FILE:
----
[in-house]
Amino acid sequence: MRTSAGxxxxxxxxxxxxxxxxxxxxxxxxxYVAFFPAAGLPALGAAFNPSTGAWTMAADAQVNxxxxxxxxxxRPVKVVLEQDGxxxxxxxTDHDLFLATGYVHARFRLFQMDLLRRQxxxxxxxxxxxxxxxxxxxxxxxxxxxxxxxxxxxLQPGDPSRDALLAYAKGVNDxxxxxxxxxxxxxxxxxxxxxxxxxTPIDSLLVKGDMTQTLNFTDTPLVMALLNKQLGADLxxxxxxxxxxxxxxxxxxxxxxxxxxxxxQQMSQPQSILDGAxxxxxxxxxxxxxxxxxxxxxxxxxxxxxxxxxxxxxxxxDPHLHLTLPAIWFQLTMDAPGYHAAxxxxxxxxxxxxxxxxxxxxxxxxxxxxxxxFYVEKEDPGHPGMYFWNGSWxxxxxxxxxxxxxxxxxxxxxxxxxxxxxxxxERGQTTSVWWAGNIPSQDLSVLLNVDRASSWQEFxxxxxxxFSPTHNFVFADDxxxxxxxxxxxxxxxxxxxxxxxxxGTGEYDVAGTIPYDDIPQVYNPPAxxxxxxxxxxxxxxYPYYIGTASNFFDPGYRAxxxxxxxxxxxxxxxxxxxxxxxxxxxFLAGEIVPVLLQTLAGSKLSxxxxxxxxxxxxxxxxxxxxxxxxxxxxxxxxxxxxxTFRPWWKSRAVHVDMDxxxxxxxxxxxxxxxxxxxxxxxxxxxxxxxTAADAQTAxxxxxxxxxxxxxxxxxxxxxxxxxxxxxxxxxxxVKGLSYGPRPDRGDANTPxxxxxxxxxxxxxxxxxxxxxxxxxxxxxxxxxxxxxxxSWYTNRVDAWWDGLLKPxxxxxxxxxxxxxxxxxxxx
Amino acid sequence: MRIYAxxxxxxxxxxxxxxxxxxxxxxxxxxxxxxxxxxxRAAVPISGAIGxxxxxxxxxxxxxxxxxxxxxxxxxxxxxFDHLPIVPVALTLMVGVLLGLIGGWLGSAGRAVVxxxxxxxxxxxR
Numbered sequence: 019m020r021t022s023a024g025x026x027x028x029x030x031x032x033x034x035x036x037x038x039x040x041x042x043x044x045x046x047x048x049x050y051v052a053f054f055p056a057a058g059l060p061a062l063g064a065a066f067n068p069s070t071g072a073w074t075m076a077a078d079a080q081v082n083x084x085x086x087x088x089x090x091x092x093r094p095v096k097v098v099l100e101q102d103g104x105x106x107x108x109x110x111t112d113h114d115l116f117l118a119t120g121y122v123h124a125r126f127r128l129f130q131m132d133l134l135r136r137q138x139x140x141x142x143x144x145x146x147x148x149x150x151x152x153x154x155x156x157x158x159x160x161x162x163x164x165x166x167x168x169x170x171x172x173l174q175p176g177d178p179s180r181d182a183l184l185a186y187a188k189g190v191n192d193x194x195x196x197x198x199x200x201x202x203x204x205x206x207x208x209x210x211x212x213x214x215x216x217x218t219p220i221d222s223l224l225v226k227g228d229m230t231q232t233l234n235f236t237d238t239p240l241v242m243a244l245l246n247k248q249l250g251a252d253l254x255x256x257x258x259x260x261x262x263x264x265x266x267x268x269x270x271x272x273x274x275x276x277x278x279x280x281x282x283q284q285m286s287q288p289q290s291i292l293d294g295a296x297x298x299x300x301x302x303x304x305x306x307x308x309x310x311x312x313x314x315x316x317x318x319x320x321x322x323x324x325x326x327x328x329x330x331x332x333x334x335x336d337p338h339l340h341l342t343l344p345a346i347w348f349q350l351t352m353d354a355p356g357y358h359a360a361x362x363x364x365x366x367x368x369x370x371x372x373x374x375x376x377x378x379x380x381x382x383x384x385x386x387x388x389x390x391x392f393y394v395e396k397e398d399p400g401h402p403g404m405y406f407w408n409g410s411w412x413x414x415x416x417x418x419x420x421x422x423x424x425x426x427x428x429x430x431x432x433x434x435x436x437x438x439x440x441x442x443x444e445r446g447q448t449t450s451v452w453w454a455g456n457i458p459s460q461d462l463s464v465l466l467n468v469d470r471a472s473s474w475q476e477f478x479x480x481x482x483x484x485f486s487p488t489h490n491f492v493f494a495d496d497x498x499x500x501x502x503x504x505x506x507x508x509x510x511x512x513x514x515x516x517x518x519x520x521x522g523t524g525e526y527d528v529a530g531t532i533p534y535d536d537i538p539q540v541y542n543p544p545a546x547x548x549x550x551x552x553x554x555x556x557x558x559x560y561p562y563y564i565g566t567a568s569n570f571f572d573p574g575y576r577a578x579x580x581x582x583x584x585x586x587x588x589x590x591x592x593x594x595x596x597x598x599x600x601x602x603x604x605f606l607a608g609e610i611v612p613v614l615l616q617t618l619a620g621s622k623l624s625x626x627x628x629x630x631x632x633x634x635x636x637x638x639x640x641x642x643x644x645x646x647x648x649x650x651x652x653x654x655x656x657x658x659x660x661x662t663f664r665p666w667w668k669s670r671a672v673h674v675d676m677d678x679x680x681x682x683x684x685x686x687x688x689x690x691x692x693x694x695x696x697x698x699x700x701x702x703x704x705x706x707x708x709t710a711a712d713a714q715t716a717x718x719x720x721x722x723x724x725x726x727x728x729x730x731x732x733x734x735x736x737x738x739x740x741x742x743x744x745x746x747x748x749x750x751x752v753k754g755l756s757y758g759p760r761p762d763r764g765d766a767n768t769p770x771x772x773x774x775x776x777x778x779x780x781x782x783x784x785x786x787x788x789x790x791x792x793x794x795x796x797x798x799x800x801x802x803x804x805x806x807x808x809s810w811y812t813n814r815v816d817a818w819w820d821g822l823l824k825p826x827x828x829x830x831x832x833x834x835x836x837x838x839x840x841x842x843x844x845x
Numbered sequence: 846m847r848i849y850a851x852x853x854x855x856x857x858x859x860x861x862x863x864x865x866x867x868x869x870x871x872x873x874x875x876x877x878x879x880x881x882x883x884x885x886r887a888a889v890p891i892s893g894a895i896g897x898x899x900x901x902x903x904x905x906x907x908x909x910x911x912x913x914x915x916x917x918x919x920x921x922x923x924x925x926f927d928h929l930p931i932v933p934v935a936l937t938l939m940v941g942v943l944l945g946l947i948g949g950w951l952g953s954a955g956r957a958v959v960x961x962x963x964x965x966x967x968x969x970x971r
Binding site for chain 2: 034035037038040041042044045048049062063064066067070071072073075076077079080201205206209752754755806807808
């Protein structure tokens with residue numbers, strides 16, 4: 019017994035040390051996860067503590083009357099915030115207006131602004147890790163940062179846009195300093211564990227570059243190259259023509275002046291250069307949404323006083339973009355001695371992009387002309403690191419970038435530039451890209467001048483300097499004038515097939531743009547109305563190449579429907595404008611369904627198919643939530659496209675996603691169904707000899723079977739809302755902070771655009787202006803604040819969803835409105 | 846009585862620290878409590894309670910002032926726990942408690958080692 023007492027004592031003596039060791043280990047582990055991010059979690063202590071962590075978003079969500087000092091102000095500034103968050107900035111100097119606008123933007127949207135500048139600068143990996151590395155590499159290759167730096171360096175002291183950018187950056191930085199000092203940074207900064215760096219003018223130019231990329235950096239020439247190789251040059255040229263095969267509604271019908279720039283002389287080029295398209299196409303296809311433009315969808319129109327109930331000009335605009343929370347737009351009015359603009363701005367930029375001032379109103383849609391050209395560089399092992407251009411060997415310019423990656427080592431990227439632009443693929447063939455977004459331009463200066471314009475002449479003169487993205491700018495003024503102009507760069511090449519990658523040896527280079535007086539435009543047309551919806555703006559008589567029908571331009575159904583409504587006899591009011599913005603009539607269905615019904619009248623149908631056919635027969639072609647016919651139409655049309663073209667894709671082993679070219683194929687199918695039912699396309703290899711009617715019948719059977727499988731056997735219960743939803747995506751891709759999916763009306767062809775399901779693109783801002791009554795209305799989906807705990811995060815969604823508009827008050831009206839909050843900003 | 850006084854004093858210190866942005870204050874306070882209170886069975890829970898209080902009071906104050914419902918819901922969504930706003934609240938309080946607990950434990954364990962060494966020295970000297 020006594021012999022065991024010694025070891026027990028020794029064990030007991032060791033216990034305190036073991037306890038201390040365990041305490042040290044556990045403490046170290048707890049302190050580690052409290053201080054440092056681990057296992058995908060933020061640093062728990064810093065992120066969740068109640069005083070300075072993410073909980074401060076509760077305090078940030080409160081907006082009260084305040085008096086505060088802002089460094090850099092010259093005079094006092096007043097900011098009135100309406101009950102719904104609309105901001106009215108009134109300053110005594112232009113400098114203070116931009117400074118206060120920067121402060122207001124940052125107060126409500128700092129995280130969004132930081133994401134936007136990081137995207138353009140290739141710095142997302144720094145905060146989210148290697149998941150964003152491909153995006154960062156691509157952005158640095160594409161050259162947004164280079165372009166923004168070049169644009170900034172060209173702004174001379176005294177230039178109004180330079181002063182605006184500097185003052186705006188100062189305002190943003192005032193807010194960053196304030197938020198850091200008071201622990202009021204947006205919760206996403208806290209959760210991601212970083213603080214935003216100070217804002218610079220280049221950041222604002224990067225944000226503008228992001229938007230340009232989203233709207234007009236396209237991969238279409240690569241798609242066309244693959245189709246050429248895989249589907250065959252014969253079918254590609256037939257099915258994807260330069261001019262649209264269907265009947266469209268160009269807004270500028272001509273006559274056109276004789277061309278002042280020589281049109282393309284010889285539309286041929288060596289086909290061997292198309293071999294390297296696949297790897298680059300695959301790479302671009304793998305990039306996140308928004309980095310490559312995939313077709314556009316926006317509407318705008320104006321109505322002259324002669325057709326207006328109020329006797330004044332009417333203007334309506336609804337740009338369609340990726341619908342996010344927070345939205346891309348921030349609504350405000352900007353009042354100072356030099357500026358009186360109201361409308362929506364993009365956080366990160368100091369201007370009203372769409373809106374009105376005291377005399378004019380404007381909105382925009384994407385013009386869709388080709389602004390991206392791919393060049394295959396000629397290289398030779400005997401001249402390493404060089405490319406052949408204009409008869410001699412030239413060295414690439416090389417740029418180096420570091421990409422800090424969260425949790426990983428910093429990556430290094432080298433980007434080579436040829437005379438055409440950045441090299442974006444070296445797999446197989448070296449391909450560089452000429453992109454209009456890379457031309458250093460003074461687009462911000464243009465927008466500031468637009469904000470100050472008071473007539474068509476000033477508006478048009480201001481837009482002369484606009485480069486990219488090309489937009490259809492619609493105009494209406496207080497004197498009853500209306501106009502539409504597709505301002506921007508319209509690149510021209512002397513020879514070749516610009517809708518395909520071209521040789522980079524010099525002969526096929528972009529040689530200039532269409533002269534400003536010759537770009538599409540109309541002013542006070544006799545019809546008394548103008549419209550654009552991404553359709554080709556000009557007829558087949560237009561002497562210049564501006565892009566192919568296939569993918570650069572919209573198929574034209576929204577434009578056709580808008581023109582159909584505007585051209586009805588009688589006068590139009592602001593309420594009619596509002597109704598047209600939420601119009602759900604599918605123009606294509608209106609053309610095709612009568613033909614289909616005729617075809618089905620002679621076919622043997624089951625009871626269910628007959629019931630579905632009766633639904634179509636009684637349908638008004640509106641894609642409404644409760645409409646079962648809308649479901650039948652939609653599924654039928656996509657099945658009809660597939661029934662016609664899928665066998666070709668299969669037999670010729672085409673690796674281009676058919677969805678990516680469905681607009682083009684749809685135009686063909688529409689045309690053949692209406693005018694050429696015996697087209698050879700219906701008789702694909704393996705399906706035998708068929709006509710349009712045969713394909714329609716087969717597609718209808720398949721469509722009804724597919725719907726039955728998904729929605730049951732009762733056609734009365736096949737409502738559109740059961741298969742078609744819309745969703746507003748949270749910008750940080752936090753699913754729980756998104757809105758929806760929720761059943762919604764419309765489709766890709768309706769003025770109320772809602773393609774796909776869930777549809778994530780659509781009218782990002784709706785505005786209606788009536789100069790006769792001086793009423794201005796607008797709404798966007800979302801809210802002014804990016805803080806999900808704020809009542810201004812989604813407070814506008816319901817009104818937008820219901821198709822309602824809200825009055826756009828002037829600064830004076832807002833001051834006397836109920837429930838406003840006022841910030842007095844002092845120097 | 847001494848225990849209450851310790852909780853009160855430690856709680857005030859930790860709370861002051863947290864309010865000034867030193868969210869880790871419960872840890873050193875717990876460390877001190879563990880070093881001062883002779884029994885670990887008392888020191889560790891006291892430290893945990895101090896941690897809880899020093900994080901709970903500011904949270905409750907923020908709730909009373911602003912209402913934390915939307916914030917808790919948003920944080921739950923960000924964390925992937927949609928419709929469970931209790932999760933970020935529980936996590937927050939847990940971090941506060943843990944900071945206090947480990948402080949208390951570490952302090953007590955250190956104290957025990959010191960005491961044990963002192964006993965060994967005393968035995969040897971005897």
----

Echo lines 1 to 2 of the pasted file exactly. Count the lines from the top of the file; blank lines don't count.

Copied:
[in-house]
Amino acid sequence: MRTSAGxxxxxxxxxxxxxxxxxxxxxxxxxYVAFFPAAGLPALGAAFNPSTGAWTMAADAQVNxxxxxxxxxxRPVKVVLEQDGxxxxxxxTDHDLFLATGYVHARFRLFQMDLLRRQxxxxxxxxxxxxxxxxxxxxxxxxxxxxxxxxxxxLQPGDPSRDALLAYAKGVNDxxxxxxxxxxxxxxxxxxxxxxxxxTPIDSLLVKGDMTQTLNFTDTPLVMALLNKQLGADLxxxxxxxxxxxxxxxxxxxxxxxxxxxxxQQMSQPQSILDGAxxxxxxxxxxxxxxxxxxxxxxxxxxxxxxxxxxxxxxxxDPHLHLTLPAIWFQLTMDAPGYHAAxxxxxxxxxxxxxxxxxxxxxxxxxxxxxxxFYVEKEDPGHPGMYFWNGSWxxxxxxxxxxxxxxxxxxxxxxxxxxxxxxxxERGQTTSVWWAGNIPSQDLSVLLNVDRASSWQEFxxxxxxxFSPTHNFVFADDxxxxxxxxxxxxxxxxxxxxxxxxxGTGEYDVAGTIPYDDIPQVYNPPAxxxxxxxxxxxxxxYPYYIGTASNFFDPGYRAxxxxxxxxxxxxxxxxxxxxxxxxxxxFLAGEIVPVLLQTLAGSKLSxxxxxxxxxxxxxxxxxxxxxxxxxxxxxxxxxxxxxTFRPWWKSRAVHVDMDxxxxxxxxxxxxxxxxxxxxxxxxxxxxxxxTAADAQTAxxxxxxxxxxxxxxxxxxxxxxxxxxxxxxxxxxxVKGLSYGPRPDRGDANTPxxxxxxxxxxxxxxxxxxxxxxxxxxxxxxxxxxxxxxxSWYTNRVDAWWDGLLKPxxxxxxxxxxxxxxxxxxxx